Linux on ARM
Christian Robottom Reis, Engineering VP at Linaro, announced last week that an Ubuntu 12.04 LTS (Precise Pangolin) ARM port of the OpenJDK 6.0 package for Ubuntu is available for download and testing.
2011 was a remarkable year for technology. The rise of Android helped spread the adoption of smartphones; the iPad continued to dominate the tablet space, amid rumblings that we were entering a new post-PC era; and the cost of devices continued to fall, with Amazon launching its Kindle Fire tablet in the US for $199, and India seeing the launch of an Android tablet for just $35.
If you have not noticed yet, then please note that GHC 7.4.1 Release Candidate 1 is out. Please also note that 7.4.1 will be the first public release which will support registerised compilation on ARM/Linux platform. If you are a haskell fan and do have some ARM/Linux platform available, please do not forget to give it a try.
Open-source software engineering group Linaro has pushed out a build of Android Ice Cream Sandwich for low-cost development boards from Samsung and ST-Ericsson. The build supports hardware acceleration for Systems on a Chip utililzing ARM's Mali-400 graphics processor.
The Barnes & Noble NOOK Tablet has a locked bootloader, which has prevented hackers from figuring out how to replace the version of Android that comes on the tablet with custom software such as CyanogenMod. But that doesn’t mean it’s impossible to run an alternate operating system on the NOOK Tablet.
Barnes & Noble might be doing everything that stands in its power to limit the number of applications that you can run on your Nook Tablet, but hackers will always find a way to run their software on the device if they want to.
Many of you already probably know about the Raspberry Pi Foundation 25 USD ARM Linux Computer. Rhombus Tech, another non-profit organization, is planning to design a 15 USD ARM Linux computer (excluding casing, power supply, shipping, VAT and custom duties) that the company claims would be at least 3 times faster that the Raspberry Pi.
Slackware ARM (“ARMedslack”) is the official port of the Slackware® Linux distribution to the ARM architecture. Currently, the project focuses its efforts on supporting the most popular devices such as the Plug Computers, and can also be used under the QEMU emulator. Support for other devices will be added over time.
Like most distributions, Fedora uses binary software packages (RPMs in this case) to manage installed software. These packages are built using complex sets of build dependencies (other software packages), some of which are not explicit dependencies but rather implied through their fixed presence in the standard "buildroots" (chroot environments containing a basic set of packages) used in the Fedora build infrastructure.
The Fedora distribution is often associated with laptops and desktops using x86 processors. These systems are cheap, powerful, and readily available to developers, and so it would naturally follow that they would be well supported. But Fedora has long supported systems based upon architectures other than the venerable x86.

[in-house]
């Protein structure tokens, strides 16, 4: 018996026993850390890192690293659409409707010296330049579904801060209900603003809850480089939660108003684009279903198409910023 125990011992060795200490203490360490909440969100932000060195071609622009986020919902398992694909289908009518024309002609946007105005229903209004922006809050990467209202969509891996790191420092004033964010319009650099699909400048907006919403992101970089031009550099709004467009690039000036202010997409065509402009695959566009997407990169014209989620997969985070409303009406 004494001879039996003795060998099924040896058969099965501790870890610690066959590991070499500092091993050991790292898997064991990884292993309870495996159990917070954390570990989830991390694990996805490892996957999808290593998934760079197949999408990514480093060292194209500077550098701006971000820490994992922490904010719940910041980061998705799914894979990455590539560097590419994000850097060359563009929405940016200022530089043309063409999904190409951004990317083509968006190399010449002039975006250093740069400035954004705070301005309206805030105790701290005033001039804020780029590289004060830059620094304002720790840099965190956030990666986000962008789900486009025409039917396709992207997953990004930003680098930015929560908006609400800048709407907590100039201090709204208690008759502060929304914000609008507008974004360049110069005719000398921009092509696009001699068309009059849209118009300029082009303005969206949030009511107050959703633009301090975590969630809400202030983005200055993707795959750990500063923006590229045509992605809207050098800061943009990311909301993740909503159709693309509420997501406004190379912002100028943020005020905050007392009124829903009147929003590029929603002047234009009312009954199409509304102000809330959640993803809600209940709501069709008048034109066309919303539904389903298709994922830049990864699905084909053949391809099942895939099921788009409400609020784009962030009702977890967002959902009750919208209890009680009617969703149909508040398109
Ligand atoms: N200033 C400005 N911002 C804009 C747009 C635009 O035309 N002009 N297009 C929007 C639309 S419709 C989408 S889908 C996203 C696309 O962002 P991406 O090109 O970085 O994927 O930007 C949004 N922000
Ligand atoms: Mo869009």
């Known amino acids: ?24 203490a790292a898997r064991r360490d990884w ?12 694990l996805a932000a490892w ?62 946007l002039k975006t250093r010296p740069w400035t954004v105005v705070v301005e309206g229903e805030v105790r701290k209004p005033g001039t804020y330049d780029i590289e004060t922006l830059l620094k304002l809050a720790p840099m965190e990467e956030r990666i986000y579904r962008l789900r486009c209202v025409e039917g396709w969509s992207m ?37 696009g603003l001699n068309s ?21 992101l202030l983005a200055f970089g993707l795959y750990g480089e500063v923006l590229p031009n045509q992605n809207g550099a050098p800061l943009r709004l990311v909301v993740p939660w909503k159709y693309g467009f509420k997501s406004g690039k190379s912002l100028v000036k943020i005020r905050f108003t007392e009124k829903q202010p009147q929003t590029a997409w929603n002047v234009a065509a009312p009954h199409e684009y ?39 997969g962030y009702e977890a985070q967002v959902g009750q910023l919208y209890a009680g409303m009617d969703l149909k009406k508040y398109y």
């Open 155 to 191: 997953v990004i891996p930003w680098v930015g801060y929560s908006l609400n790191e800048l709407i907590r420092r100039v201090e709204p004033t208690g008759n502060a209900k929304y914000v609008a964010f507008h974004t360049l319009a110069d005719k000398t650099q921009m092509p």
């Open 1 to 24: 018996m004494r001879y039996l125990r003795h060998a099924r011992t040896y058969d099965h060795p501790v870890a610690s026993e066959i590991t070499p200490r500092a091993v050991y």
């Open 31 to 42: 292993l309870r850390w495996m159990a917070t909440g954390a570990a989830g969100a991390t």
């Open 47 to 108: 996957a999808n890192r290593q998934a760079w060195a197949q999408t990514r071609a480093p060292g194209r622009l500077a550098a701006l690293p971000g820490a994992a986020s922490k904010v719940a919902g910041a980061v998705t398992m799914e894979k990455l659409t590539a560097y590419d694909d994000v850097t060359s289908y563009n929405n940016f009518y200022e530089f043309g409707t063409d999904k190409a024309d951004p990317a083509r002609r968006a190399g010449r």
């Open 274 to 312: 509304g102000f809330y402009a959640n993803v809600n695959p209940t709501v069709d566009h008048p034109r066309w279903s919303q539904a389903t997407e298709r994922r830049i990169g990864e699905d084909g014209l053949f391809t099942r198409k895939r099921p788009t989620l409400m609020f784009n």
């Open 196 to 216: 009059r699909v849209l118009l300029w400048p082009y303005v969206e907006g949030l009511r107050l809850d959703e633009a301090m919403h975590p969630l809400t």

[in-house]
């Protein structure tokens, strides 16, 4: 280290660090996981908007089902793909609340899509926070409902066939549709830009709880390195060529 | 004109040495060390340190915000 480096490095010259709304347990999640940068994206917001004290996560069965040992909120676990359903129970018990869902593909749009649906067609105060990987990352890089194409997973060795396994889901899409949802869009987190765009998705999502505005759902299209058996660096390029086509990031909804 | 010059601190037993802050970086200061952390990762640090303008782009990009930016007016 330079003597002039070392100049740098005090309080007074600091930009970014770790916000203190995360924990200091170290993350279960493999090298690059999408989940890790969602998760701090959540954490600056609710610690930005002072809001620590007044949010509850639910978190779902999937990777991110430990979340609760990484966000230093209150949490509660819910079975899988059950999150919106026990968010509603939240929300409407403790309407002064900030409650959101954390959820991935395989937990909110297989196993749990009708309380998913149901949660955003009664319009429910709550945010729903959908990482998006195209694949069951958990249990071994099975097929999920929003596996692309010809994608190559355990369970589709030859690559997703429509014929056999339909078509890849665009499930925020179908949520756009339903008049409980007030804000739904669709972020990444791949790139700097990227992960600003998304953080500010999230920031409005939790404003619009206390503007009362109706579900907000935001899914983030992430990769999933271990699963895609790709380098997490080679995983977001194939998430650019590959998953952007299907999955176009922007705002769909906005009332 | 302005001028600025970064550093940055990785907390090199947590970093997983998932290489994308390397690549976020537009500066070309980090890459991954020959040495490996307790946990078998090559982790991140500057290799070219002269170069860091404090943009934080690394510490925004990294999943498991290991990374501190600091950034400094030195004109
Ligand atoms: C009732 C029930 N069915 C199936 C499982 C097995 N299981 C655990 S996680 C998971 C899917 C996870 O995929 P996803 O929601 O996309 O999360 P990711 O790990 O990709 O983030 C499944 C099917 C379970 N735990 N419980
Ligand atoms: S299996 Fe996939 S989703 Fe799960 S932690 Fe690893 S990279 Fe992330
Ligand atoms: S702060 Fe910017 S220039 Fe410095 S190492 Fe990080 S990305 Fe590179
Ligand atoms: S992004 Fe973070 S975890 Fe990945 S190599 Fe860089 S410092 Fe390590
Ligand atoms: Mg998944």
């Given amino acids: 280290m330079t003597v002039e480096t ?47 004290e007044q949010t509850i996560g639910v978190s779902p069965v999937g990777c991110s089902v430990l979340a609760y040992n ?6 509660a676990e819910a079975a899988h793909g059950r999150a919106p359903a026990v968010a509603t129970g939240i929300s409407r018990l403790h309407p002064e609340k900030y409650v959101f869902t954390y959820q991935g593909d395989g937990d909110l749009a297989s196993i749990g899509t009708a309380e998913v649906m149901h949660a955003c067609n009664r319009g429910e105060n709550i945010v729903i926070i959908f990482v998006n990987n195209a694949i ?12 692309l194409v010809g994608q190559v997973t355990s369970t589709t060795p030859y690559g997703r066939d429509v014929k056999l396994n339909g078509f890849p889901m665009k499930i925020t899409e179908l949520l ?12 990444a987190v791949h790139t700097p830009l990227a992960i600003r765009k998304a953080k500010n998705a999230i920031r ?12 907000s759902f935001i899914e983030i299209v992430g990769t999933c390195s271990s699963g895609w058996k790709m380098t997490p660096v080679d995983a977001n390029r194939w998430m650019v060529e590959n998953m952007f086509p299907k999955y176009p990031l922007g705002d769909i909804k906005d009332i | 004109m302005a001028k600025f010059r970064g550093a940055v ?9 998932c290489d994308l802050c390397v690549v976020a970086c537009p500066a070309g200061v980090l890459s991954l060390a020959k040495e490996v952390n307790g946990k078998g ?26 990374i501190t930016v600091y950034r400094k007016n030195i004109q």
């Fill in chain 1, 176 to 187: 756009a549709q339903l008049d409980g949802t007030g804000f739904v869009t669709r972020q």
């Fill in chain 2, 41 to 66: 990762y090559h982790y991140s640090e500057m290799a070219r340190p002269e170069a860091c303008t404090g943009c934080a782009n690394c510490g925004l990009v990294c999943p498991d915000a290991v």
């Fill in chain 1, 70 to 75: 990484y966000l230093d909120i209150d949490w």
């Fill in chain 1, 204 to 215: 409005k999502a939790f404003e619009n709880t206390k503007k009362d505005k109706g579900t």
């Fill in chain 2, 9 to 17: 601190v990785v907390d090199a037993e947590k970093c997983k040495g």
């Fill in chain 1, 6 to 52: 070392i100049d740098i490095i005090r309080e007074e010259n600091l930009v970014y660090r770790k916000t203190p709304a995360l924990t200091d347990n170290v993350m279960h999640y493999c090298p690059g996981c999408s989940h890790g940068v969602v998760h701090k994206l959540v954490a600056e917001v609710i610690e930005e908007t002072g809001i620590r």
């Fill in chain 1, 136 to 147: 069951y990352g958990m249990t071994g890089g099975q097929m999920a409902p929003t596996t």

We've added a new installation guide for the Gumstix Overo family of devices. These tiny devices are even capable of running Chromium, XFCE, Qt, and a lot more. The Gumstix Overo is a tiny but powerful Computer-On-Module (COM) that performs like a full-sized Linux computer and can be programmed to perform a wide variety of functions in almost any application area including power management, time & attendance, security, access control, information technology, location tracking, medical, aviation, robotics and education, to name a few.
Groups led by developers at Citrix and Samsung are bringing Xen hypervisor to ARM Cortex A15, but a KVM project isn't far behind - Several Xen developers who currently work for Citrix recently announced they are porting the Xen hypervisor to the ARM processor architecture. The group's work began less than three months ago, but the port is said to already be capable of booting a Linux 3.0-based virtual machine.
Here at ARM, a colleague recently wanted to port Linux to a prototype of a new high-performance Cortex-A9 based platform. To develop and debug this port, he needed to be able to set breakpoints, view registers, view memory, single-step at source level, and so on, in fact all the normal facilities provided by a debugger, but he wanted to do these both before the MMU is enabled (with a physical memory map), and after the MMU is enabled (with a virtual memory map).
Ubuntu is a community developed operating system that is perfect for laptops, desktops and servers. Whether you use it at home, at school or at work Ubuntu contains all the applications you'll ever need, from word processing and email applications, to web server software and programming tools.
The Mobile Virtual Platform (MVP) hypervisor that VMware sells for smartphones and fondleslabs running the Android variant of Linux on ARM RISC processors is getting some competition. Intrepid techies are working away on two different implementations of the open source Xen hypervisor for ARM chips, and another group is putting together a KVM hypervisor port as well.